I listened a little at the weekend and heard nothing, but it's almost certainly going to be worth checking 10m in the late afternoon and early evenings. Try around 28.500 on SSB and the bottom 50khz or so on CW for signals. Check the beacon band (most beacons are between 28.200 and 28.300) too, in case the band's open and no-one's operating, which is always a risk on bands like 10 metres.

You can find a comprehensive list of 28MHz beacons, as well as all HF beacons at G3USF's beacon page

Sometimes, too, it's worth tuning down below 28MHz to see if any SSB CB operators are active, as they sometimes spot the band openings before hams!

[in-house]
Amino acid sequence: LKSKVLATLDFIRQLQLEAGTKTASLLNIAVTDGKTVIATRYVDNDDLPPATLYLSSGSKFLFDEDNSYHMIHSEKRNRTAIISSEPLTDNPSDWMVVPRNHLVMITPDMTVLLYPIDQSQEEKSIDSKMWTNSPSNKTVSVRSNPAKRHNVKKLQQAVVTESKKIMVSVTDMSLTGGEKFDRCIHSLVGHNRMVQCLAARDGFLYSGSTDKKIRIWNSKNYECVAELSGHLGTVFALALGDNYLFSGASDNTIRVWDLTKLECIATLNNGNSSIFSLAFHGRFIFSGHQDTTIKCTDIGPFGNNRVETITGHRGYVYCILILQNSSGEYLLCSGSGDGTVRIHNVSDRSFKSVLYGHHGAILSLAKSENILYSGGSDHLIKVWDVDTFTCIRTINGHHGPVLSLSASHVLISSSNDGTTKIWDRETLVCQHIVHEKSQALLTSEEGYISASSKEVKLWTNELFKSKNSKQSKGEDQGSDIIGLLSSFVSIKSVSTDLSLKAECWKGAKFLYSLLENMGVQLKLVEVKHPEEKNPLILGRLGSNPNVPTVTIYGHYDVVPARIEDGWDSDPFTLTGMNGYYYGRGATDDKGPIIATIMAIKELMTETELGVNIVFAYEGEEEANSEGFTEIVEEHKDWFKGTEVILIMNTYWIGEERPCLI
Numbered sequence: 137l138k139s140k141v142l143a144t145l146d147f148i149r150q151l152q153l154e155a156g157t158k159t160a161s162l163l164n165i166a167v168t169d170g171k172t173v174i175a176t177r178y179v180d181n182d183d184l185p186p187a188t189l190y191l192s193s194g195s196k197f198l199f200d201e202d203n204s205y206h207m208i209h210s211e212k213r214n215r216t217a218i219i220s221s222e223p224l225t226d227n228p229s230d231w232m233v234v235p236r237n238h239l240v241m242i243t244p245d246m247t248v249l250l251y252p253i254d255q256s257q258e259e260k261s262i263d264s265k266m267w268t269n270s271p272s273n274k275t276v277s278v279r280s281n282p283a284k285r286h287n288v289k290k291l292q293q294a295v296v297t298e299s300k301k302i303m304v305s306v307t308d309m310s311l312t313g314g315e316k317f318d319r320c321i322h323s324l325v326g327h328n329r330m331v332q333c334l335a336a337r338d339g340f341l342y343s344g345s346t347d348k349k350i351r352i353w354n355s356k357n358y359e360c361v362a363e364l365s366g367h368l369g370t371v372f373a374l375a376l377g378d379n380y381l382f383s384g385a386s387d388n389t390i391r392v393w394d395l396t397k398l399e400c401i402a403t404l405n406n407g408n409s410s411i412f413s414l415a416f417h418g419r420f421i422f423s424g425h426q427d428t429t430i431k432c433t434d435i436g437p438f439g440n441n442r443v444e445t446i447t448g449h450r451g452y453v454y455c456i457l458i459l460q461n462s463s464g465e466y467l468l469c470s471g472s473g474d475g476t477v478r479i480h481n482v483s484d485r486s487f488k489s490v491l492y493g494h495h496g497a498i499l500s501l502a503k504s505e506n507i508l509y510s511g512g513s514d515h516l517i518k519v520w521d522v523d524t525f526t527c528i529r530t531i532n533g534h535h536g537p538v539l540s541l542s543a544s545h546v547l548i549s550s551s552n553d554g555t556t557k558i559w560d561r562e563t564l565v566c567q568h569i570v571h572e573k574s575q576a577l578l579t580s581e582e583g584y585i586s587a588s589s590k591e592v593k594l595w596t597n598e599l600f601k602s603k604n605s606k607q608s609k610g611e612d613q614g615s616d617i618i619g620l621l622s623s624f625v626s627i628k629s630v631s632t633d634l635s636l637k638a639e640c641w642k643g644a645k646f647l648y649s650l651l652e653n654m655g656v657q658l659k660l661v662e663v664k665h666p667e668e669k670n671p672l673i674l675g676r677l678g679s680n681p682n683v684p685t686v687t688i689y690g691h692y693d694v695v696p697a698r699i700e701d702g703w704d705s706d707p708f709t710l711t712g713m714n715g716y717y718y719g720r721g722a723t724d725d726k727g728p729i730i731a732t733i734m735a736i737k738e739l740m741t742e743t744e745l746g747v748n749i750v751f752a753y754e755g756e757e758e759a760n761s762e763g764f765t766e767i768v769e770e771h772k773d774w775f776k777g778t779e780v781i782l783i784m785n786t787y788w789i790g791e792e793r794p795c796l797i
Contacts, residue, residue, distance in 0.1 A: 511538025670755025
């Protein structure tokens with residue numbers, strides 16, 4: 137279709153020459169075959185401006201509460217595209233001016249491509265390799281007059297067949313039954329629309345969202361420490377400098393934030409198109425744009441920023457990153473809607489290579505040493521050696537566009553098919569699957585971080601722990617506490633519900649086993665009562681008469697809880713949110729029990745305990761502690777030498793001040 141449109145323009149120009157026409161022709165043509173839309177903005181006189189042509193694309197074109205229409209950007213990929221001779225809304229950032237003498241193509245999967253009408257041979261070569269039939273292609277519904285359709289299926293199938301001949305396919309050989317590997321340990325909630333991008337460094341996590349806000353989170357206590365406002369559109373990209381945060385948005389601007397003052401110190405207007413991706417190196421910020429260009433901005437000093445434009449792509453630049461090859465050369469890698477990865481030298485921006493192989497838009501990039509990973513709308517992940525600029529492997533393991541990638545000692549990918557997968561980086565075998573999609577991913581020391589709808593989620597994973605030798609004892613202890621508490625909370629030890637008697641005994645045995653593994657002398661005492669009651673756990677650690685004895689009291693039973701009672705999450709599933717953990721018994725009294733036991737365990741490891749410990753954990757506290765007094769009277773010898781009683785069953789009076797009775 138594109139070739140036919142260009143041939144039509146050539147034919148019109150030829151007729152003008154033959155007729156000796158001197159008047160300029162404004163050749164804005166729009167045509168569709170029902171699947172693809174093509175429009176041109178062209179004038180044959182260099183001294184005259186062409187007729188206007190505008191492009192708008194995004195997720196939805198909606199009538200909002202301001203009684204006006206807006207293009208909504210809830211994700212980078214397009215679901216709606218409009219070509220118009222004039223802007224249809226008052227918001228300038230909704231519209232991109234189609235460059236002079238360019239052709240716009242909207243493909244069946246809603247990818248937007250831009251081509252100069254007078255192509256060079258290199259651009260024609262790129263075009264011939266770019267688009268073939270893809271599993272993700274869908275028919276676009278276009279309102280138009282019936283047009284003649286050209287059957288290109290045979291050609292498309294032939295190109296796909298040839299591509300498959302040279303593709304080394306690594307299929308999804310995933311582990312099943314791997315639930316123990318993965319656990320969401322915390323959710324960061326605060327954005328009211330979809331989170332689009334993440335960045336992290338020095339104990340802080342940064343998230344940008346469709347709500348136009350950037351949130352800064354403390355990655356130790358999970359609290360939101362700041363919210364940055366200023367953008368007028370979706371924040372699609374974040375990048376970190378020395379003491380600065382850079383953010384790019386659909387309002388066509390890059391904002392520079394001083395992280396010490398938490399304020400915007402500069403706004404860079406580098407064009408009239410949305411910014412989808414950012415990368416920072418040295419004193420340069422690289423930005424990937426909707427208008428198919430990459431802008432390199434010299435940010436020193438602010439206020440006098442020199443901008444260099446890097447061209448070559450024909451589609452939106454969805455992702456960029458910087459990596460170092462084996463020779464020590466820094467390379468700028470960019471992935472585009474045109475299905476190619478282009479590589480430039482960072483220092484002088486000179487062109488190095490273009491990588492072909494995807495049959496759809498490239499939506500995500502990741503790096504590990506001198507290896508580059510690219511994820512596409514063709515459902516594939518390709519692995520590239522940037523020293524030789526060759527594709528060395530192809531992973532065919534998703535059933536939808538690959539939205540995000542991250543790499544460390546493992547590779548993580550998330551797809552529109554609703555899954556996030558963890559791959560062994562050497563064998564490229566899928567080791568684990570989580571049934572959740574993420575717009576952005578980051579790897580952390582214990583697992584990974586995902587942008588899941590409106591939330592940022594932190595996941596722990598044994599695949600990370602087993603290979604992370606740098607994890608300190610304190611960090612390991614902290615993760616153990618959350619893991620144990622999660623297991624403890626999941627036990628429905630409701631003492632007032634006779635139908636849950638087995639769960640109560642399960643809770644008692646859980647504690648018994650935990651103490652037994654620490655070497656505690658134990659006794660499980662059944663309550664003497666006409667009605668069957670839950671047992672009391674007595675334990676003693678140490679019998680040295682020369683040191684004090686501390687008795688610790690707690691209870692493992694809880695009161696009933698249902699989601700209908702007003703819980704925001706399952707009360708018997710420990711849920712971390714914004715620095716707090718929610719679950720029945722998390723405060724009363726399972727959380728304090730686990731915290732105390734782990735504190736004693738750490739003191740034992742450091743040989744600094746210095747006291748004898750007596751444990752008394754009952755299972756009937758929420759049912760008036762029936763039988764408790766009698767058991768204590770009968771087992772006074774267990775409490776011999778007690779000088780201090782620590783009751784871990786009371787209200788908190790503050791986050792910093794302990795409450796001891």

PS
I had a listen this evening and although 28MHz was quiet, on 27MHz I heard a station from Corsica, some French stations and some weak Italians. So the propagation is there. Hard to say whether the lack of stations on 28MHz was a function of the MUF, or lack of activity.

SWL-R - A shot in the arm for Short Wave Listening?

My first experience of amateur radio was as as short-wave listener, both on the broadcast and amateur bands. That was reasonably typical at the time and it provided a good grounding in both knowledge of shortwave (HF) propagation and, on the amateur bands, operating procedures.

Since then, less people come into Amateur Radio through the shortwave listening route. As an attempt to provide a little stimulus to shortwave listening, Clifford, W2CRW has created a website; SWL-Registry

Anyone in the world can, based on where they live, obtain an SWL-R 'callsign' and, if they wish, obtain a certificate. This might well be fun for younger entrants to the hobby and show a little recognition.